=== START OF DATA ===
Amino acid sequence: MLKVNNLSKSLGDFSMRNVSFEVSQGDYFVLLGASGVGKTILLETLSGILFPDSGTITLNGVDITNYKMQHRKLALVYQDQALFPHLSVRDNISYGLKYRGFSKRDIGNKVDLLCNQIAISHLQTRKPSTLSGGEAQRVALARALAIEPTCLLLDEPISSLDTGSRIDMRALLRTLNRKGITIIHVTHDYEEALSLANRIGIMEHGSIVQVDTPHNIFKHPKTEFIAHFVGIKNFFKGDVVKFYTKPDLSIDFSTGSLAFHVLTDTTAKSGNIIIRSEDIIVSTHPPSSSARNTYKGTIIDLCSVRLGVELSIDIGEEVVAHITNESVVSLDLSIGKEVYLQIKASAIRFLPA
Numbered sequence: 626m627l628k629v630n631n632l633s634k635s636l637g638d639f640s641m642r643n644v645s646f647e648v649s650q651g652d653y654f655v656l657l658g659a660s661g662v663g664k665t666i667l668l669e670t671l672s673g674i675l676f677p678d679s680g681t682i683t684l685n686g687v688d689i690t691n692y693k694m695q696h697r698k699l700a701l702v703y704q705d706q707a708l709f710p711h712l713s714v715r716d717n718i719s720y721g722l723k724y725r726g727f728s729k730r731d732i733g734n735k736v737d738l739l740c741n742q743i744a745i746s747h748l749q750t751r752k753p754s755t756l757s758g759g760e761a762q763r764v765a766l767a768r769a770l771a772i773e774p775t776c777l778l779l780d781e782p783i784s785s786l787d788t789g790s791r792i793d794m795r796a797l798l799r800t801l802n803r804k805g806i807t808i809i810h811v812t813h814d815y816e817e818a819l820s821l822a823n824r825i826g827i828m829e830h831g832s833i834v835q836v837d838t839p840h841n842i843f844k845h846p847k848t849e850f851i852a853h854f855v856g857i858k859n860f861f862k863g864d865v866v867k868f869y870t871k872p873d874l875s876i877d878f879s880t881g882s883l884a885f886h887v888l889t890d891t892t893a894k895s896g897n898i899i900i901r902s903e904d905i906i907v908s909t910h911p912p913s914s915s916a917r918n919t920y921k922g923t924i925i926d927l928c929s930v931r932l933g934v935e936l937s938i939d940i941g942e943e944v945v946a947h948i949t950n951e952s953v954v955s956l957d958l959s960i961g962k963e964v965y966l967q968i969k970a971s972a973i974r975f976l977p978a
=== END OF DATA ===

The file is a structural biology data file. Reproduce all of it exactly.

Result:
Amino acid sequence: MLKVNNLSKSLGDFSMRNVSFEVSQGDYFVLLGASGVGKTILLETLSGILFPDSGTITLNGVDITNYKMQHRKLALVYQDQALFPHLSVRDNISYGLKYRGFSKRDIGNKVDLLCNQIAISHLQTRKPSTLSGGEAQRVALARALAIEPTCLLLDEPISSLDTGSRIDMRALLRTLNRKGITIIHVTHDYEEALSLANRIGIMEHGSIVQVDTPHNIFKHPKTEFIAHFVGIKNFFKGDVVKFYTKPDLSIDFSTGSLAFHVLTDTTAKSGNIIIRSEDIIVSTHPPSSSARNTYKGTIIDLCSVRLGVELSIDIGEEVVAHITNESVVSLDLSIGKEVYLQIKASAIRFLPA
Numbered sequence: 626m627l628k629v630n631n632l633s634k635s636l637g638d639f640s641m642r643n644v645s646f647e648v649s650q651g652d653y654f655v656l657l658g659a660s661g662v663g664k665t666i667l668l669e670t671l672s673g674i675l676f677p678d679s680g681t682i683t684l685n686g687v688d689i690t691n692y693k694m695q696h697r698k699l700a701l702v703y704q705d706q707a708l709f710p711h712l713s714v715r716d717n718i719s720y721g722l723k724y725r726g727f728s729k730r731d732i733g734n735k736v737d738l739l740c741n742q743i744a745i746s747h748l749q750t751r752k753p754s755t756l757s758g759g760e761a762q763r764v765a766l767a768r769a770l771a772i773e774p775t776c777l778l779l780d781e782p783i784s785s786l787d788t789g790s791r792i793d794m795r796a797l798l799r800t801l802n803r804k805g806i807t808i809i810h811v812t813h814d815y816e817e818a819l820s821l822a823n824r825i826g827i828m829e830h831g832s833i834v835q836v837d838t839p840h841n842i843f844k845h846p847k848t849e850f851i852a853h854f855v856g857i858k859n860f861f862k863g864d865v866v867k868f869y870t871k872p873d874l875s876i877d878f879s880t881g882s883l884a885f886h887v888l889t890d891t892t893a894k895s896g897n898i899i900i901r902s903e904d905i906i907v908s909t910h911p912p913s914s915s916a917r918n919t920y921k922g923t924i925i926d927l928c929s930v931r932l933g934v935e936l937s938i939d940i941g942e943e944v945v946a947h948i949t950n951e952s953v954v955s956l957d958l959s960i961g962k963e964v965y966l967q968i969k970a971s972a973i974r975f976l977p978a